Have you found yourself in a dark wood? Has the clear path been lost? Do you have a dead fish in your hand? If so then HELP ME HELP YOU at Goat Helper: Volume 1 debuting tomorrow at Los Angeles artspace Show Cave!
This LIVE screening of experimental video art and animation, installation, live video, goat themed food art, costumed “Helpers”, and of course Oreo the beloved pygmy goat. The screening features work from Shana Moulton, Jacob Ciocci of Paper Rad, John Michael Boling, Art Clokey (creator of Gumby) and many more! Don’t miss out. Screening starts at 9PM sharp.
Artist Patrick Jacobs creates highly intricate dioramas. His dioramas, once created, are installed inside the gallery wall and fitted with a large lens. Gallery visitors can spy on each of the miniature scenes through these lenses. Jacobs’ dioramas are often of idealized landscapes or peaceful indoor scenes carefully detailed to appear as entirely separate worlds. Hidden lighting glows as if entirely natural while the foreground seamlessly blends with a background and further to the horizon.
In 2005, Heather Benning acquired then began restoring a 60s-era abandoned and decaying farmhouse near Sinclair Manitoba, Canada. After finishing her restoration and furnishing the home with 60s-era furniture, she then removed the north-facing wall and replaced it with plexi-glass. In June 2007, the house was opened to the public where it remained “tomb-like” as a life-size dollhouse until this March 2013. Eventually, the house began to deteriorate and the safety of the structure was compromised, leading Benning to end the project with fire. The Dollhouse images are currently represented by “Telephone Booth Gallery” in Toronto.
I gotta admit that I was really excited to see Died Young Stayed Pretty, a new full length documentary focusing on the DIY rock poster (see gigposters.com) movement that has brewing in the US and beyond for the the last decade. The doc has hundreds of interviews with big names (many of whom you’ve never heard of) within the close knit rock poster scene,who discuss personal taste, poster philosophies, and what role money,drugs, and 70’s&80’s porn plays in rock posters. Many of the artists interviewed are amazingly talented (i.e. Tyler Stout & Brian Chippendale) and interesting, sharing with the viewer a small glimpse of their creative process.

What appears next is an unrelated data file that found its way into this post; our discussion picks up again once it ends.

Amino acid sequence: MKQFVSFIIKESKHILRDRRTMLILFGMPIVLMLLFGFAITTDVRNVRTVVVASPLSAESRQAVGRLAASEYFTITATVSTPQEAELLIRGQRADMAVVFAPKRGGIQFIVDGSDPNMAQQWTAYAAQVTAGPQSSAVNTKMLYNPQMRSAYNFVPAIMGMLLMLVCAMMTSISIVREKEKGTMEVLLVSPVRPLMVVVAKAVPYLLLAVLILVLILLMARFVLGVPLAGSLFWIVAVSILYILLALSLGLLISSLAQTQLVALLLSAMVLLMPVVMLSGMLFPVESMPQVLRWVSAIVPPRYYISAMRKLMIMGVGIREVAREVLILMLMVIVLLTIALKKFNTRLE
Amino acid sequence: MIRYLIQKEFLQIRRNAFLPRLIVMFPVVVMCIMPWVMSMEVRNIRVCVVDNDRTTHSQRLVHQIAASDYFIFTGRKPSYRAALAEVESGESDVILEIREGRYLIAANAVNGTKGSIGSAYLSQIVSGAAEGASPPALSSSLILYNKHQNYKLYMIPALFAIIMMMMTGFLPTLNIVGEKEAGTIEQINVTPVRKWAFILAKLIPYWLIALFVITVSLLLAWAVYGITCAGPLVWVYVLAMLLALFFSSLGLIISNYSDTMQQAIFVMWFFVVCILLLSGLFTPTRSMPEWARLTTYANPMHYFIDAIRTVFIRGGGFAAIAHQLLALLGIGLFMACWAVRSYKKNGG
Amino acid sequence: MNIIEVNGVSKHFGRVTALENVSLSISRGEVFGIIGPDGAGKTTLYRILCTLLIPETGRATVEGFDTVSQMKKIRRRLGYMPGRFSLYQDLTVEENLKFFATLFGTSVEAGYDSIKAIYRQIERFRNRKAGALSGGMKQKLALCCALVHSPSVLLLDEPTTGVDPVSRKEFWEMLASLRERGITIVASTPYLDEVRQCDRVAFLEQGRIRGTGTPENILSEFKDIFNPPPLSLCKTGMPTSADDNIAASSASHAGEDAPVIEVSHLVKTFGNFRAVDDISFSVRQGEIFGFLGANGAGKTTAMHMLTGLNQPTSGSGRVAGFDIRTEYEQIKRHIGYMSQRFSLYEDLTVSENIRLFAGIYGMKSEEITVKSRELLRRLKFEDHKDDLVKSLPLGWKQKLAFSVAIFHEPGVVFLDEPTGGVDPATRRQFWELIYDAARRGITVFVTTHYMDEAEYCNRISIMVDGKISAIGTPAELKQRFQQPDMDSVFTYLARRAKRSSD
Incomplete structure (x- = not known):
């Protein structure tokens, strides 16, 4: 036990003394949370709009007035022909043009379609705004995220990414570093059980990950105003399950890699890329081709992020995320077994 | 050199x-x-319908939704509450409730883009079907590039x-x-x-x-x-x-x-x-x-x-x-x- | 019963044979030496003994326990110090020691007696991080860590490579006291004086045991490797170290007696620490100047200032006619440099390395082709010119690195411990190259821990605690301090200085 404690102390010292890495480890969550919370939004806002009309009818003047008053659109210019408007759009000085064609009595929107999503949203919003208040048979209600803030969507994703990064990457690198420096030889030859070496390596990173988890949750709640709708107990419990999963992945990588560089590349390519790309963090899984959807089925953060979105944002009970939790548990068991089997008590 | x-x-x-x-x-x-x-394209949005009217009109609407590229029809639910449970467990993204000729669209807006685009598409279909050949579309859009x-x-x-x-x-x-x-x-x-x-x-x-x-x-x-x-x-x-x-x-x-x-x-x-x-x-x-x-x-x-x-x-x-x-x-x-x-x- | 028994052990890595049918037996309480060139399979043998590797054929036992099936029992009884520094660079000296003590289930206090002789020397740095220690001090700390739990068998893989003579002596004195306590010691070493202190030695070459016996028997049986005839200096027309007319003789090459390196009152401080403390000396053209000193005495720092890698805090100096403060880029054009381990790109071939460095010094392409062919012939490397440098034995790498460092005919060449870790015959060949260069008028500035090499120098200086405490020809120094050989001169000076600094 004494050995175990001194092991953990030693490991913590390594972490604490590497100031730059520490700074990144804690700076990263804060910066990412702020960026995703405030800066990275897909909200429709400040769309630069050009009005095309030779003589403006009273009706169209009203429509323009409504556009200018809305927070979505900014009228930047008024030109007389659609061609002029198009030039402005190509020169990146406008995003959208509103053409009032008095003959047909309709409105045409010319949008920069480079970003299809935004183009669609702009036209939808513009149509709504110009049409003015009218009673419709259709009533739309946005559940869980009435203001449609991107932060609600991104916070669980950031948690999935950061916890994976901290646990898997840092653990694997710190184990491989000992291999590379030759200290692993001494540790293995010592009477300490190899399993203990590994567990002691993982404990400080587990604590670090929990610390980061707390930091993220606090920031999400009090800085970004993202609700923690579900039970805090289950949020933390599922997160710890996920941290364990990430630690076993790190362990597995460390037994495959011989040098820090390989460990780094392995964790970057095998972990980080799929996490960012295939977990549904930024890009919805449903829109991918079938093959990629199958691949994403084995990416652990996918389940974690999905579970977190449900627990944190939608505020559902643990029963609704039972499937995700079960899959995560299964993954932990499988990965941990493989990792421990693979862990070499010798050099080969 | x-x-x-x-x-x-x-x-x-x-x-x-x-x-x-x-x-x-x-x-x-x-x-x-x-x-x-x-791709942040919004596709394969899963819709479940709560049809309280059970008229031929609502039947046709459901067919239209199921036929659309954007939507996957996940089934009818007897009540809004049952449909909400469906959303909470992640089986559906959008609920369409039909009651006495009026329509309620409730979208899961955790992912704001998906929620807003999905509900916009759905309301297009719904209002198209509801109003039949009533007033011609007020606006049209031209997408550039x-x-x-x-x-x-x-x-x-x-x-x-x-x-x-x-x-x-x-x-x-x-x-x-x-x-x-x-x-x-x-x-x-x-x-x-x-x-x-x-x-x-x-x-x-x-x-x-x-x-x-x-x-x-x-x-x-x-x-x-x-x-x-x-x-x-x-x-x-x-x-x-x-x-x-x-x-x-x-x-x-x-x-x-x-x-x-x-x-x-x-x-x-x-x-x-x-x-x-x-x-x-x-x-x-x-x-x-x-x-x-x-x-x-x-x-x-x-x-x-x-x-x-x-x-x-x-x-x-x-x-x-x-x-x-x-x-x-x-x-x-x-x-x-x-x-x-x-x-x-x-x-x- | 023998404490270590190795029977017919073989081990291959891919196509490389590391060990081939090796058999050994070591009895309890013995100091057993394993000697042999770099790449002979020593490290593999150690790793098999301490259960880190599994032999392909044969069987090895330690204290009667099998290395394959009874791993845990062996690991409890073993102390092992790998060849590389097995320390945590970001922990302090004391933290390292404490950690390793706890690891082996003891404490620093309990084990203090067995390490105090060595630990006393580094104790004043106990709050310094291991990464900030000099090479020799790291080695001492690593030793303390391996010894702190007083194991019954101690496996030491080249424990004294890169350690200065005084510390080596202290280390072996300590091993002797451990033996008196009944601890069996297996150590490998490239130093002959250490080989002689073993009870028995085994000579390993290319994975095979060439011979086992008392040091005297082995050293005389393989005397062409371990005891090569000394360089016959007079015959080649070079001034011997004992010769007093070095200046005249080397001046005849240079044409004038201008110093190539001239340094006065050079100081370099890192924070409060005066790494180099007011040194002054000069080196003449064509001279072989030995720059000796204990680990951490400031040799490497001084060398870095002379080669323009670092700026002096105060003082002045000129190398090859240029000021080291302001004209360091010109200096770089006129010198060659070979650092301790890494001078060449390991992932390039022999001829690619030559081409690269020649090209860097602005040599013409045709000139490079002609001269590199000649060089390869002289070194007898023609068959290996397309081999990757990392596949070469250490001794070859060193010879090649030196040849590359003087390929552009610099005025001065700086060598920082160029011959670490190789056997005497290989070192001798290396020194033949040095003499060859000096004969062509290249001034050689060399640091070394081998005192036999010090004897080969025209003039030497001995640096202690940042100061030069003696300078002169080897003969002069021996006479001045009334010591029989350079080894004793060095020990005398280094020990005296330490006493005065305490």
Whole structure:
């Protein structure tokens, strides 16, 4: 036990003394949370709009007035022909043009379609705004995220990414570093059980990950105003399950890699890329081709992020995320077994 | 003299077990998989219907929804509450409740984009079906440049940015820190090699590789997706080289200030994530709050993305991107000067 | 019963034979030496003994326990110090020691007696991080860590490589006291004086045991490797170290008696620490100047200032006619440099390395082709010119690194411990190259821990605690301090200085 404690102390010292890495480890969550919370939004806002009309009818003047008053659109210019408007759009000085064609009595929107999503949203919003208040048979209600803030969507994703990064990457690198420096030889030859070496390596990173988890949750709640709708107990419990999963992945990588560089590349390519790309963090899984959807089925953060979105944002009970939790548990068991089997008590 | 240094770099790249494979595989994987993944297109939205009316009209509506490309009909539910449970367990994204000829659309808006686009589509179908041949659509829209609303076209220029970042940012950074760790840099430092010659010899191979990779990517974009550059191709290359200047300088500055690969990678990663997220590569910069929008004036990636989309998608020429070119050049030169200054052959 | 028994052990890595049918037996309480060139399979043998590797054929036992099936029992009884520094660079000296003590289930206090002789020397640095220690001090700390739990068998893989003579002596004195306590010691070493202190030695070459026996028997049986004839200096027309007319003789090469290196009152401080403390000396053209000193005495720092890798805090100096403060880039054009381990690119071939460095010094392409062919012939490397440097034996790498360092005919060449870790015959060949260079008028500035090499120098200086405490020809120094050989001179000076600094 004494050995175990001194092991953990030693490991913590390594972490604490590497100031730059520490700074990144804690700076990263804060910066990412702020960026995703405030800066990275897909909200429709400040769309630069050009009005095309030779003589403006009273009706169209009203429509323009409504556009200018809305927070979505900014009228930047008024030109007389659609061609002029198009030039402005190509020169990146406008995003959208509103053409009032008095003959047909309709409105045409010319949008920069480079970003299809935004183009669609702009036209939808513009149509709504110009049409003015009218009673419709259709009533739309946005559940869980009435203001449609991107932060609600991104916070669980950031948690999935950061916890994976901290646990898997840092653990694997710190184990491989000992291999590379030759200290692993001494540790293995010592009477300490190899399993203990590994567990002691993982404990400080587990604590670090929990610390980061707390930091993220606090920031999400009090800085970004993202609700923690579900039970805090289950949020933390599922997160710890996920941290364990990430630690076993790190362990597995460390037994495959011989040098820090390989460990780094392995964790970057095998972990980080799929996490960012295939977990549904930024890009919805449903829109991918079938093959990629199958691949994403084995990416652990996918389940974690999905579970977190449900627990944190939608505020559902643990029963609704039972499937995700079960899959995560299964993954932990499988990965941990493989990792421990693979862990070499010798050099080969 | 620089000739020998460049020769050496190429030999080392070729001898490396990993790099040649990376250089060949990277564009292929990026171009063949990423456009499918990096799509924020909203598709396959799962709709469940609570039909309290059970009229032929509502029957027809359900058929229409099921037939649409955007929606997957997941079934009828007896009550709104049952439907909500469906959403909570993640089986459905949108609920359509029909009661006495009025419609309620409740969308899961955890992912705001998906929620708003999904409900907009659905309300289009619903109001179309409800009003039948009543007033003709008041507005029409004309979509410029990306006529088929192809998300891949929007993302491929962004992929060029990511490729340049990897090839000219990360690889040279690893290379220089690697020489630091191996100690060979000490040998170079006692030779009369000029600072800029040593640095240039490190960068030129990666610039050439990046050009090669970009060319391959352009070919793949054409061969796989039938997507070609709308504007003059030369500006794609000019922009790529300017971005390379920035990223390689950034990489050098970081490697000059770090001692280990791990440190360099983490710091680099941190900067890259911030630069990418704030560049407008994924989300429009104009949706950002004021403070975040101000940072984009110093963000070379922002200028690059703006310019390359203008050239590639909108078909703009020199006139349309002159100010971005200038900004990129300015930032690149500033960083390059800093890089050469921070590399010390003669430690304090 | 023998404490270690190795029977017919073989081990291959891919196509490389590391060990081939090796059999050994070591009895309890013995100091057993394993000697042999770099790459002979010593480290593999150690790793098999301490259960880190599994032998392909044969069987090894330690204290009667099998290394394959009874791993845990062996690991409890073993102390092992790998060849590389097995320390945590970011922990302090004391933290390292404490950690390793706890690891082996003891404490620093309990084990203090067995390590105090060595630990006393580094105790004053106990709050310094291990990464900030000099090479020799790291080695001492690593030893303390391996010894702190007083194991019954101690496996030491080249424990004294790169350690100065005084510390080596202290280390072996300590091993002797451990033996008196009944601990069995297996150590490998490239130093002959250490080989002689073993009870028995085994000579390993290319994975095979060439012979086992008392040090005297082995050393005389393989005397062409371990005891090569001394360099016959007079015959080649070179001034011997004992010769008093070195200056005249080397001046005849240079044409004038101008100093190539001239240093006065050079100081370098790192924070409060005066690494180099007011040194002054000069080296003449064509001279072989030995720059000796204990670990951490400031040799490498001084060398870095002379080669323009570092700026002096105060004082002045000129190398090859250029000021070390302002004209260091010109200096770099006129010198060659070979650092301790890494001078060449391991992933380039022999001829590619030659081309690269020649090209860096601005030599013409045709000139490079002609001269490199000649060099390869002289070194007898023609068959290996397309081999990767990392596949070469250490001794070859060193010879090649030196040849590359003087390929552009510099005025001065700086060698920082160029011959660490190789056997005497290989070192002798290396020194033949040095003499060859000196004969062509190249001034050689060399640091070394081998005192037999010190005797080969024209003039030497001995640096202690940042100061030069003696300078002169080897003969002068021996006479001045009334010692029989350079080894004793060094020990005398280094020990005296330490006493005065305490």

Well folks another year of Miami Basel is behind us and as usual there was an explosive mix of parties, artworks, and art stars running circles in the fine city of Miami. The international week long event attracted art lovers from around the world and left many having to make the important decisions of which fair to go to during the day and what party to make an appearance at in the evening.
With all the attractions and distractions during the week the standout party of the week had to be the launch of flannel drenched photographer Terry Richardson’s new book Terrywood. Hosted by Disaronno and GQ at The Standard, this party was the go to party of the week. We’ve compiled some of our favorite artworks from Basel after the jump and a few choice photos from Richardson’s book release. See you next year Miami!
Los Angeles based artist Bovey Lee uses one single sheet of Chinese rice paper to cut and construct her unbelievably intricate urban scenes. The winding compositions she creates with simple positive and negative space forms a topsy-turvy world of concrete jungles, mountains, and wild flora. Even the clouds present in her work are fantastical as they swirl around the buildings like smoke. Bovey Lee’s process begins with rendering the composition digitally on a computer. She then prints these images and hand cuts each little detail into creation. These whimsical, impossible worlds are so complex you can search through the cut paper for hours, noticing small details like a person balancing across a tightrope, or a city floating on a cloud in the distance. Even the trucks passing by have unique patterns on each one.
Bovey Lee explains that her work is full of tension between mankind and our environment; a power struggle between two forces. Her work explores the intensions and actions of humans and the affect it has on our surroundings. Lee’s process can be tedious and time consuming, but at the same time meditative. The artist further explains her relationship with working with cut paper. (via Faith is Torment)
“My work is like drawing with a knife and is rooted in my study of Chinese calligraphy and pencil drawing. Cutting paper is a visceral reaction and natural response to my affection for immediacy, detail, and subtlety. The physical and mental demand from cutting is extreme and thrilling, slows me down and allows me to think clearly and decisively.”